The Land of Opportunity

One thing that has struck me as both shocking and depressing as I have travelled between San Francisco and Los Angeles is the shear numbers of homeless, vagabonds and mentally ill in the land of opportunity. The disparity between rich and poor is widening here in the US and along with it the homeless population has boomed.

One of our first run ins with the communities of rough dwellers was at Emma Woods State Park. Whist sat round a camp fire just off a Californian beach out of the bushes emerges Long John Silver on a bicycle. The homeless man is half pedalling half hoping, using the bike as a wheeled crutch, he makes his way into the campsite to gather water. Not long before the sun sinks below the watery horizon a sheriff and policeman come and warn us that there is a large gathering of homeless people in the river bed just yonder the bushes and we are advised to move away from the area.

Not a five minutes further up the beach a good mile stretch of road side parking was stacked back to back with RVs. Now these things aren’t your average European summer campers. At the cost of a medium to large sized home these mammoths of the road are the size of buses, some literally have balconies. Yes balconies on an RV. From within their rose tinted mobile homes they are oblivious to the other world just round the corner.

The following evening for the first time I use the social or cycle community network known as Warm Showers where by kindly strangers who are cycle enthusiasts offer you bed and board for the night just for the fun of it. Its a great community. So George and myself find our selves in suburban America, the utopian dream; white picket fences, pristine lawns and two car garages. It is a strange scenario, out gracious hosts have to work late so we are quickly let in, shown the fridge where we can find some home made hummus and given a few ice cold beers. For the next few hours we wash, lounge and watch a film in someone else’s home. Almost like cat burglars, we feel like we are somewhere we shouldn’t be. And when Michelle returns from a long day at work she finds two strange interlopers in her house. Very bizarre.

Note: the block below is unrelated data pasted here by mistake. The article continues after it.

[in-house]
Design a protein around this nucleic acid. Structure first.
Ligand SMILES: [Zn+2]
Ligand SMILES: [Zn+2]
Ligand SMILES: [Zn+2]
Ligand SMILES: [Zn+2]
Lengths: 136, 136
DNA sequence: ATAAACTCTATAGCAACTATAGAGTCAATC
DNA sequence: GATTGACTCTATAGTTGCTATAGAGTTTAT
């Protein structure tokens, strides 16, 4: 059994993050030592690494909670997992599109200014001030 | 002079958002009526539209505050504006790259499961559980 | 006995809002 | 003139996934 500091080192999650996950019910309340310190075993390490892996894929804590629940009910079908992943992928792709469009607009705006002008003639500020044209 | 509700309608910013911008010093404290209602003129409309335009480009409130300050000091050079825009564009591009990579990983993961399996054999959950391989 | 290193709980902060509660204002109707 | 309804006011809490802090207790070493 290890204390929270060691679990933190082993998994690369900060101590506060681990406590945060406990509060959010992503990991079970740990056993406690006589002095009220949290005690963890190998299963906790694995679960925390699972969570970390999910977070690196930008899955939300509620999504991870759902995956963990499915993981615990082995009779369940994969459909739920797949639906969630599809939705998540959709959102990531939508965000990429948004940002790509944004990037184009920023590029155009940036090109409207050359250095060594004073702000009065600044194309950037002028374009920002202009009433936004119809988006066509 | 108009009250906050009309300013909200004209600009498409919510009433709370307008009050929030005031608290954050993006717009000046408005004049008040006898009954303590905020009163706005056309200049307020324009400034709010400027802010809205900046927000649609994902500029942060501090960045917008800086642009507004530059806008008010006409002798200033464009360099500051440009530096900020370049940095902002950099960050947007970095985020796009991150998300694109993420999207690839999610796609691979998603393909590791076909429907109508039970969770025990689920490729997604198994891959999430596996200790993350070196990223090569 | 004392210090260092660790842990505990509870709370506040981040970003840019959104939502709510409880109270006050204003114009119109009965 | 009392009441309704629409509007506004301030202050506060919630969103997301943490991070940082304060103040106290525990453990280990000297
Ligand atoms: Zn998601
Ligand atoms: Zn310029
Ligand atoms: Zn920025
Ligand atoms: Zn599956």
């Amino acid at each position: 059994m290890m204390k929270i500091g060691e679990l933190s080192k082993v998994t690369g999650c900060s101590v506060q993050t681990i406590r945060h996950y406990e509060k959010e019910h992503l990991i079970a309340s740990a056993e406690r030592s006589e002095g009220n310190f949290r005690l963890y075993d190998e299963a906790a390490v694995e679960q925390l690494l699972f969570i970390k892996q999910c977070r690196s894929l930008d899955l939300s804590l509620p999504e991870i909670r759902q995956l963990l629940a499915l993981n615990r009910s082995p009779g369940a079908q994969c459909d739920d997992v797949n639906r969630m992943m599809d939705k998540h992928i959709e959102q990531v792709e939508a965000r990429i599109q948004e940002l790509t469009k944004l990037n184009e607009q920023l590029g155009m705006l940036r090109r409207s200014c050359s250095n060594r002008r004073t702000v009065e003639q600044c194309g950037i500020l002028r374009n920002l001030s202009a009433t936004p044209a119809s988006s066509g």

Over dinner we mention the homeless problem not thirty miles away, and just as the sheriff told us we are told “lots of them choose to live like that.” Its a response we have heard numerous times when George the empathetic social worker brings up the social problems here. For me this is not a fair answer and sells these people short. Many of them have mental or physical disabilities and it is not surprising that once in the depths of homelessness here with little hope of escaping the poverty many turn to drugs; this then leads to further problems or crime….

We continue south towards LA, the road takes us through the likes of Malibu and Santa Barbra before reaching the trendy shore front of Santa Monica and Venice Beach. These are fantastic beach fronts, choc-a with bars, restaurants and designer shopping spaces (that’s what trendy people call a shop). Venice Beach is like London’s Camden with all walks of life plodding along the promenade. But all the while on a cusp of grass there, on some sand here or literally asleep in the middle of the pavement lie, live and gather the swathes of homeless. Poor-rism is tourism in bad taste but in the states you cant help but see poverty with a back drop of wealth. One district in the city has literally been over run or left to the will of the streets, Skid Row, in 2005 hospitals and law enforcement where discovered to literally be dumping their charges in the area and it is here that a significant population reside on the streets.